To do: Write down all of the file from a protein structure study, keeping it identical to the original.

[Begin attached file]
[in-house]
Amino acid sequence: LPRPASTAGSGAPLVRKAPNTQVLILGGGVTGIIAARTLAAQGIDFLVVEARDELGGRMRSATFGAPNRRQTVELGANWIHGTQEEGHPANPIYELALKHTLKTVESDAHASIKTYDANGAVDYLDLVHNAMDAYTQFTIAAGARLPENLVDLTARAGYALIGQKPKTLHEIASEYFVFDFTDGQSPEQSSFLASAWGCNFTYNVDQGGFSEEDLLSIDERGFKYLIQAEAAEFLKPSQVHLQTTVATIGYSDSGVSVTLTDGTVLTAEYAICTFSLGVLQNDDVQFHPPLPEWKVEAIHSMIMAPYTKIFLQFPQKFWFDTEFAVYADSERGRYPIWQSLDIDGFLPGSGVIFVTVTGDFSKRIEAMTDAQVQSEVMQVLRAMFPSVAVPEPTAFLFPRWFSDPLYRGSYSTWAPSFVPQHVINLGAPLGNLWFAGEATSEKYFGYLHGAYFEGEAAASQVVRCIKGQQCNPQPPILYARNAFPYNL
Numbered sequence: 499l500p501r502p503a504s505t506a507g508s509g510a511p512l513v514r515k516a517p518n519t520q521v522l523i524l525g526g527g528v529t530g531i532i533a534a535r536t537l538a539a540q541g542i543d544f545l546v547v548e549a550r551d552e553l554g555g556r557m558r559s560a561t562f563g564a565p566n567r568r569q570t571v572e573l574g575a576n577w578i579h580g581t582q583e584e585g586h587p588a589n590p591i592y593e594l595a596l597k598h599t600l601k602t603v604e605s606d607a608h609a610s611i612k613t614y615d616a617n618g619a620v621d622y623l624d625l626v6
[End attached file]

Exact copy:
[in-house]
Amino acid sequence: LPRPASTAGSGAPLVRKAPNTQVLILGGGVTGIIAARTLAAQGIDFLVVEARDELGGRMRSATFGAPNRRQTVELGANWIHGTQEEGHPANPIYELALKHTLKTVESDAHASIKTYDANGAVDYLDLVHNAMDAYTQFTIAAGARLPENLVDLTARAGYALIGQKPKTLHEIASEYFVFDFTDGQSPEQSSFLASAWGCNFTYNVDQGGFSEEDLLSIDERGFKYLIQAEAAEFLKPSQVHLQTTVATIGYSDSGVSVTLTDGTVLTAEYAICTFSLGVLQNDDVQFHPPLPEWKVEAIHSMIMAPYTKIFLQFPQKFWFDTEFAVYADSERGRYPIWQSLDIDGFLPGSGVIFVTVTGDFSKRIEAMTDAQVQSEVMQVLRAMFPSVAVPEPTAFLFPRWFSDPLYRGSYSTWAPSFVPQHVINLGAPLGNLWFAGEATSEKYFGYLHGAYFEGEAAASQVVRCIKGQQCNPQPPILYARNAFPYNL
Numbered sequence: 499l500p501r502p503a504s505t506a507g508s509g510a511p512l513v514r515k516a517p518n519t520q521v522l523i524l525g526g527g528v529t530g531i532i533a534a535r536t537l538a539a540q541g542i543d544f545l546v547v548e549a550r551d552e553l554g555g556r557m558r559s560a561t562f563g564a565p566n567r568r569q570t571v572e573l574g575a576n577w578i579h580g581t582q583e584e585g586h587p588a589n590p591i592y593e594l595a596l597k598h599t600l601k602t603v604e605s606d607a608h609a610s611i612k613t614y615d616a617n618g619a620v621d622y623l624d625l626v6